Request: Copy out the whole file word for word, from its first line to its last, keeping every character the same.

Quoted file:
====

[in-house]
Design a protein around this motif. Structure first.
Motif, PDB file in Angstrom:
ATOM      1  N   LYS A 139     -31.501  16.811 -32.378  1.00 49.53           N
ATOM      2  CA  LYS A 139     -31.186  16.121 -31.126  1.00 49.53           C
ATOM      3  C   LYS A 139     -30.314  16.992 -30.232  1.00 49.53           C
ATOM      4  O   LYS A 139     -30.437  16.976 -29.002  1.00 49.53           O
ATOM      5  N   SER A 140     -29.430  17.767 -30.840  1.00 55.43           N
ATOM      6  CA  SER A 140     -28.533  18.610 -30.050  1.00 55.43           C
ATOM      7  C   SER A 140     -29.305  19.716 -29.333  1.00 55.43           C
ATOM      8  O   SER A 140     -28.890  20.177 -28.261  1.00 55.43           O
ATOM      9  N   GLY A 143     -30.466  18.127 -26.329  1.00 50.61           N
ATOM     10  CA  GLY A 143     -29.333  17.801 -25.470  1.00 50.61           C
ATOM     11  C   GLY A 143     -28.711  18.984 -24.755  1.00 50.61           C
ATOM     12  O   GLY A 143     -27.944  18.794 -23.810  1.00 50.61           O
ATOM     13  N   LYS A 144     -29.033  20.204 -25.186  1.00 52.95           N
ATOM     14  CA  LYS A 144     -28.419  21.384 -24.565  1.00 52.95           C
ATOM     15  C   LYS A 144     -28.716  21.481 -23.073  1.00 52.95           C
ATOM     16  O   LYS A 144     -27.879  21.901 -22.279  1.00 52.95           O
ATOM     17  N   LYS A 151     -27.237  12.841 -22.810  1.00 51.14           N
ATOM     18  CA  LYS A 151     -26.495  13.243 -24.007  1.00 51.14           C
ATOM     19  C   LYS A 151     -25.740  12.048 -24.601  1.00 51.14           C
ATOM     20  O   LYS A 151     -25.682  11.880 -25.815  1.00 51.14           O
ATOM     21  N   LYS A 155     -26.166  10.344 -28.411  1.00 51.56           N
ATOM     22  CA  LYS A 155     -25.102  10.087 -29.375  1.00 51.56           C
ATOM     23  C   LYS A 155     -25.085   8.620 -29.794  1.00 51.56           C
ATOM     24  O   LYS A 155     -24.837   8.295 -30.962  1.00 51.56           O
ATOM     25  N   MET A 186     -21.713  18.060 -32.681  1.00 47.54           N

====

[in-house]
Design a protein around this motif. Structure first.
Motif, PDB file in Angstrom:
ATOM      1  N   LYS A 139     -31.501  16.811 -32.378  1.00 49.53           N
ATOM      2  CA  LYS A 139     -31.186  16.121 -31.126  1.00 49.53           C
ATOM      3  C   LYS A 139     -30.314  16.992 -30.232  1.00 49.53           C
ATOM      4  O   LYS A 139     -30.437  16.976 -29.002  1.00 49.53           O
ATOM      5  N   SER A 140     -29.430  17.767 -30.840  1.00 55.43           N
ATOM      6  CA  SER A 140     -28.533  18.610 -30.050  1.00 55.43           C
ATOM      7  C   SER A 140     -29.305  19.716 -29.333  1.00 55.43           C
ATOM      8  O   SER A 140     -28.890  20.177 -28.261  1.00 55.43           O
ATOM      9  N   GLY A 143     -30.466  18.127 -26.329  1.00 50.61           N
ATOM     10  CA  GLY A 143     -29.333  17.801 -25.470  1.00 50.61           C
ATOM     11  C   GLY A 143     -28.711  18.984 -24.755  1.00 50.61           C
ATOM     12  O   GLY A 143     -27.944  18.794 -23.810  1.00 50.61           O
ATOM     13  N   LYS A 144     -29.033  20.204 -25.186  1.00 52.95           N
ATOM     14  CA  LYS A 144     -28.419  21.384 -24.565  1.00 52.95           C
ATOM     15  C   LYS A 144     -28.716  21.481 -23.073  1.00 52.95           C
ATOM     16  O   LYS A 144     -27.879  21.901 -22.279  1.00 52.95           O
ATOM     17  N   LYS A 151     -27.237  12.841 -22.810  1.00 51.14           N
ATOM     18  CA  LYS A 151     -26.495  13.243 -24.007  1.00 51.14           C
ATOM     19  C   LYS A 151     -25.740  12.048 -24.601  1.00 51.14           C
ATOM     20  O   LYS A 151     -25.682  11.880 -25.815  1.00 51.14           O
ATOM     21  N   LYS A 155     -26.166  10.344 -28.411  1.00 51.56           N
ATOM     22  CA  LYS A 155     -25.102  10.087 -29.375  1.00 51.56           C
ATOM     23  C   LYS A 155     -25.085   8.620 -29.794  1.00 51.56           C
ATOM     24  O   LYS A 155     -24.837   8.295 -30.962  1.00 51.56           O
ATOM     25  N   MET A 186     -21.713  18.060 -32.681  1.00 47.54           N